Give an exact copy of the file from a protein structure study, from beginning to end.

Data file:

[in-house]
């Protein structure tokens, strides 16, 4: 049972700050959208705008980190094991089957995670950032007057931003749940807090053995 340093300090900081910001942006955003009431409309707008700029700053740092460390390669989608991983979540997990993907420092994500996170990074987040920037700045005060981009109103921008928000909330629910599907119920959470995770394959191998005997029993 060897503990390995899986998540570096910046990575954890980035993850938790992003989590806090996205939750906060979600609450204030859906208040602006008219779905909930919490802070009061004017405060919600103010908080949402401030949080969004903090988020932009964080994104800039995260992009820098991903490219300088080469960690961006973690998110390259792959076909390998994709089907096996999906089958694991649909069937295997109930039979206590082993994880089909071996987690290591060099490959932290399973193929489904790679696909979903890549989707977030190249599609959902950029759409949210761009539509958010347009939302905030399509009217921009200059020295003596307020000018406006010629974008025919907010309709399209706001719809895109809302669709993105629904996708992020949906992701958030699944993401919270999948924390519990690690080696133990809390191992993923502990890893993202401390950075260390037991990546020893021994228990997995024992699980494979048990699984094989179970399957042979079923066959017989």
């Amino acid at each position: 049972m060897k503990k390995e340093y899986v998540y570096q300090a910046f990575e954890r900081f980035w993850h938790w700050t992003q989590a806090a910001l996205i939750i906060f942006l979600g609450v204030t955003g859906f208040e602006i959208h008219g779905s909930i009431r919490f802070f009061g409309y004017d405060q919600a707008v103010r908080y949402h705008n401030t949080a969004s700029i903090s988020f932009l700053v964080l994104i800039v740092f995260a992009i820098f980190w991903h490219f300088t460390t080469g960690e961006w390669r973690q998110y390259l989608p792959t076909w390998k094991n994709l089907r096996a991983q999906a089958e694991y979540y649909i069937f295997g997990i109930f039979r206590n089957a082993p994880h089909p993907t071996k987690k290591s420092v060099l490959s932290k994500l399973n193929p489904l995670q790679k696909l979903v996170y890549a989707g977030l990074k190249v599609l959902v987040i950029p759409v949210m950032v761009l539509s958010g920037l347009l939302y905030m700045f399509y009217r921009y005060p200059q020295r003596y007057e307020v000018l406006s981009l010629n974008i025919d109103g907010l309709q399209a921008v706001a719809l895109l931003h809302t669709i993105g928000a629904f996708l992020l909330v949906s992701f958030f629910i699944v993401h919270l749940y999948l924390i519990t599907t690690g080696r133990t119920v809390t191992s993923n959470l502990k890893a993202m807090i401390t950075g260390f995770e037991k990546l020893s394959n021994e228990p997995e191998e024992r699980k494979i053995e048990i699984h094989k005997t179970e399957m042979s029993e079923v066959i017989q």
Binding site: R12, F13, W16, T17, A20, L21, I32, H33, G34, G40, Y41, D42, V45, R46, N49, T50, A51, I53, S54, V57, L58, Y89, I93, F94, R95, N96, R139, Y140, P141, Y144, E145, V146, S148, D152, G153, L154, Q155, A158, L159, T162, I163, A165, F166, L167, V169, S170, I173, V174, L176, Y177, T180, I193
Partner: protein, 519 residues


[in-house]
């Protein structure tokens, strides 16, 4: 049972700050959208705008980190094991089957995670950032007057931003749940807090053995 340093300090900081910001942006955003009431409309707008700029700053740092460390390669989608991983979540997990993907420092994500996170990074987040920037700045005060981009109103921008928000909330629910599907119920959470995770394959191998005997029993 060897503990390995899986998540570096910046990575954890980035993850938790992003989590806090996205939750906060979600609450204030859906208040602006008219779905909930919490802070009061004017405060919600103010908080949402401030949080969004903090988020932009964080994104800039995260992009820098991903490219300088080469960690961006973690998110390259792959076909390998994709089907096996999906089958694991649909069937295997109930039979206590082993994880089909071996987690290591060099490959932290399973193929489904790679696909979903890549989707977030190249599609959902950029759409949210761009539509958010347009939302905030399509009217921009200059020295003596307020000018406006010629974008025919907010309709399209706001719809895109809302669709993105629904996708992020949906992701958030699944993401919270999948924390519990690690080696133990809390191992993923502990890893993202401390950075260390037991990546020893021994228990997995024992699980494979048990699984094989179970399957042979079923066959017989």
């Amino acid at each position: 049972m060897k503990k390995e340093y899986v998540y570096q300090a910046f990575e954890r900081f980035w993850h938790w700050t992003q989590a806090a910001l996205i939750i906060f942006l979600g609450v204030t955003g859906f208040e602006i959208h008219g779905s909930i009431r919490f802070f009061g409309y004017d405060q919600a707008v103010r908080y949402h705008n401030t949080a969004s700029i903090s988020f932009l700053v964080l994104i800039v740092f995260a992009i820098f980190w991903h490219f300088t460390t080469g960690e961006w390669r973690q998110y390259l989608p792959t076909w390998k094991n994709l089907r096996a991983q999906a089958e694991y979540y649909i069937f295997g997990i109930f039979r206590n089957a082993p994880h089909p993907t071996k987690k290591s420092v060099l490959s932290k994500l399973n193929p489904l995670q790679k696909l979903v996170y890549a989707g977030l990074k190249v599609l959902v987040i950029p759409v949210m950032v761009l539509s958010g920037l347009l939302y905030m700045f399509y009217r921009y005060p200059q020295r003596y007057e307020v000018l406006s981009l010629n974008i025919d109103g907010l309709q399209a921008v706001a719809l895109l931003h809302t669709i993105g928000a629904f996708l992020l909330v949906s992701f958030f629910i699944v993401h919270l749940y999948l924390i519990t599907t690690g080696r133990t119920v809390t191992s993923n959470l502990k890893a993202m807090i401390t950075g260390f995770e037991k990546l020893s394959n021994e228990p997995e191998e024992r699980k494979i053995e048990i699984h094989k005997t179970e399957m042979s029993e079923v066959i017989q």
Binding site: R12, F13, W16, T17, A20, L21, I32, H33, G34, G40, Y41, D42, V45, R46, N49, T50, A51, I53, S54, V57, L58, Y89, I93, F94, R95, N96, R139, Y140, P141, Y144, E145, V146, S148, D152, G153, L154, Q155, A158, L159, T162, I163, A165, F166, L167, V169, S170, I173, V174, L176, Y177, T180, I193
Partner: protein, 519 residues